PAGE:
SO AFTER a summer of festivals, beach holidays, muddy British weekends and garden play dens, chances are your tent has seen better days. The last thing you want to do is pack up the car with guy ropes, pegs and wellies and set off into the countryside.
But what if you could enjoy the last of the summer sun and wake up to the leaves changing colour without getting your hands dirty? With autumn stretching ahead and no sign of a bank holiday until Christmas, it sounds appealing, doesn’t it?
Glamping – or glamorous camping to do away with its hackneyed portmanteau – has been growing in popularity over the past few years. Once the reserve of safari honeymooners or VIP festival guests (you can bet Mark Carney didn’t pitch his own tent before hitting the Ottolenghi banquet at Wilderness), in the past few years luxury camping has hit the mainstream, with companies such as The Pop-Up Hotel bringing bells tents complete with bed linens and toiletries to Glastonbury, and farmers filling their fields with luxury yurts faster than you can say wood-burning stove.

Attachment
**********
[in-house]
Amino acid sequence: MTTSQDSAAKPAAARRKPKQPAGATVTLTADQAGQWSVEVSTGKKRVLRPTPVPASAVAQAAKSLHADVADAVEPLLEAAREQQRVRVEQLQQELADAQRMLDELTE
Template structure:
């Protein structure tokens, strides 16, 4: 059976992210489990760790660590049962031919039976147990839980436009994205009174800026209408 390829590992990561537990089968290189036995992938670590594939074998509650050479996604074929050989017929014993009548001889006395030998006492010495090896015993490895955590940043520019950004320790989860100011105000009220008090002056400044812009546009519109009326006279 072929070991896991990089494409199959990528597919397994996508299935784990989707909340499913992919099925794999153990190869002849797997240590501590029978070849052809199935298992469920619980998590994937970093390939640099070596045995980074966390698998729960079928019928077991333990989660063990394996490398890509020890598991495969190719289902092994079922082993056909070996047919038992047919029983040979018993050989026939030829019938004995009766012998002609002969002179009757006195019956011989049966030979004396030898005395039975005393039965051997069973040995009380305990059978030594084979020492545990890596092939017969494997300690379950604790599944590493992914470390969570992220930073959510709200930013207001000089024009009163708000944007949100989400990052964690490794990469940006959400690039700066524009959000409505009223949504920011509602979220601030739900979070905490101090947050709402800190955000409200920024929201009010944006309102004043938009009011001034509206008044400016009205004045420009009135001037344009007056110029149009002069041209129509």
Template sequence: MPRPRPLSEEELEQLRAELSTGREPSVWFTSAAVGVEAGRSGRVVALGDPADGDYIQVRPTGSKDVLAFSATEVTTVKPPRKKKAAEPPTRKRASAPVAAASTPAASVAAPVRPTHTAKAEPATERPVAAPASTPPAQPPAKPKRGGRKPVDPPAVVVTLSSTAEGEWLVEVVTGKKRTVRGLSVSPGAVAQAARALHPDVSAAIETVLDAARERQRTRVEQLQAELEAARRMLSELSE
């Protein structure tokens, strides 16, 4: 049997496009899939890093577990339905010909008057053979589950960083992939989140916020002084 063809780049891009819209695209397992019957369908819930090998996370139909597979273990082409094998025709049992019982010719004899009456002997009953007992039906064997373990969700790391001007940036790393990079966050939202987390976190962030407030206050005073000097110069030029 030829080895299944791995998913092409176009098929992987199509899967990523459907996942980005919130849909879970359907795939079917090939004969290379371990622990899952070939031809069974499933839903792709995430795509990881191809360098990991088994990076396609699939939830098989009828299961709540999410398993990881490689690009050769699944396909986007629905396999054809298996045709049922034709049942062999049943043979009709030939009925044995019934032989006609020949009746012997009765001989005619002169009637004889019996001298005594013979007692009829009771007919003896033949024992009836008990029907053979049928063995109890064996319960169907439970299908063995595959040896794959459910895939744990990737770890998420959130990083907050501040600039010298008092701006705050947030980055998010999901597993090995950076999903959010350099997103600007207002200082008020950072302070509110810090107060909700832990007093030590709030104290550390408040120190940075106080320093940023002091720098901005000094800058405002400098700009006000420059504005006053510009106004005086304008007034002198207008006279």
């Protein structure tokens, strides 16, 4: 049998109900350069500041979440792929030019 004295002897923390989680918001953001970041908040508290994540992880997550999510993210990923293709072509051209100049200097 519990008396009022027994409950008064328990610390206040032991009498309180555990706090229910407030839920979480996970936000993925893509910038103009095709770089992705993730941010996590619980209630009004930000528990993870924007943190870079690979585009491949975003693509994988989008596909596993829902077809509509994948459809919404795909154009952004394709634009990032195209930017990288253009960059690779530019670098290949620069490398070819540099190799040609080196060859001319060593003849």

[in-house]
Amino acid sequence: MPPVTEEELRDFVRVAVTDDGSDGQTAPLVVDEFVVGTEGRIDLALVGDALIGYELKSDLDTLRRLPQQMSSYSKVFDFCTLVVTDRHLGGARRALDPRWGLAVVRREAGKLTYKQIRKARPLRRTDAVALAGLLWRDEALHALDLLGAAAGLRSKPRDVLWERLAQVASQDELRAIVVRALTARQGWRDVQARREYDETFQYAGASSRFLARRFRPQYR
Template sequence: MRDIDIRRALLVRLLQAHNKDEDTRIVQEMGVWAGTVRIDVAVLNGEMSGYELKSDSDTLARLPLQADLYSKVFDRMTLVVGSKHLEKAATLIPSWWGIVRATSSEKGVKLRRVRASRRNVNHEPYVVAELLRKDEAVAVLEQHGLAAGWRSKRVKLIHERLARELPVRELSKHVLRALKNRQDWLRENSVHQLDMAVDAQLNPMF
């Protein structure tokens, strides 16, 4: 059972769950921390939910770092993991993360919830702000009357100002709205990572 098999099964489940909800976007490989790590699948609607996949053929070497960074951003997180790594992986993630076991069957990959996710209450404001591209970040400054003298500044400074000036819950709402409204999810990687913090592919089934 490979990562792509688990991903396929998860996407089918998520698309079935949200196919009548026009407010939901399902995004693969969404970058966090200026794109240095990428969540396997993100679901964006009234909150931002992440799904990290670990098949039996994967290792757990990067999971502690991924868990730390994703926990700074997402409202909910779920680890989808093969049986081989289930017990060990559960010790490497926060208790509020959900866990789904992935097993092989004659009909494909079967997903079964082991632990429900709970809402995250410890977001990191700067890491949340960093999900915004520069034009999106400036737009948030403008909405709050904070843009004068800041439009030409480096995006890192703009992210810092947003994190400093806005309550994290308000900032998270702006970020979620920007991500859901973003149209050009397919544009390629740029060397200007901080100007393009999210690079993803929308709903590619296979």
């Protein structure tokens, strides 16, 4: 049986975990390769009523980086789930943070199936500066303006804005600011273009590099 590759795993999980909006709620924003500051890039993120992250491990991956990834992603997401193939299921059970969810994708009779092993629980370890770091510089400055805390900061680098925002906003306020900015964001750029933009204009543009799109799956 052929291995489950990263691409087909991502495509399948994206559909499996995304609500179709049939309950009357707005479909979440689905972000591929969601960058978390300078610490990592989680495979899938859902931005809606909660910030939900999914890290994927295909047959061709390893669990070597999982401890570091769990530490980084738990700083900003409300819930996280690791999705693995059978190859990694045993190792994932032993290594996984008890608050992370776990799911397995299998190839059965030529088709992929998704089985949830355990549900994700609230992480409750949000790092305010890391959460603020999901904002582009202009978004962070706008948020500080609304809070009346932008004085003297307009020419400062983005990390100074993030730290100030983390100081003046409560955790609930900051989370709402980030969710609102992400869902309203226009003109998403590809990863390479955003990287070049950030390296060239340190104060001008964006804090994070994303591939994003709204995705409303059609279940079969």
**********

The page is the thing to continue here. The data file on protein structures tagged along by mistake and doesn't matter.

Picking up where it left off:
One such farmer is Jack Tyrwhitt Drake, who quit the City at the ripe old age of 20-something to return to his family’s estate and make the most of the glamping trend by installing four luxury safari tents on some of Bereleigh’s 3,000 acres.
Undeterred by the prospect of 18 country-loving-but-wellie-shy hens descending on his idyllic piece of the Hampshire countryside, Jack arranged for our pre-wedding party to share three of his six-person tents, clustered together on the edge of a huge grassy field next to a small wood.
Loaded up with Prosecco, marshmallows and an assortment of cakes to rival the Great British Bake Off, we arrived at Cedar Valley just before sunset and were greeted by Jack, who showed us round the site and gave us the run of the place.
In line with our high expectations the tents were stunning – erected on raised wooden platforms with running water and a gas hob, and kitted out with rustic furniture and cottage-style decor, complete with bunting and Cath Kidston-esque crockery.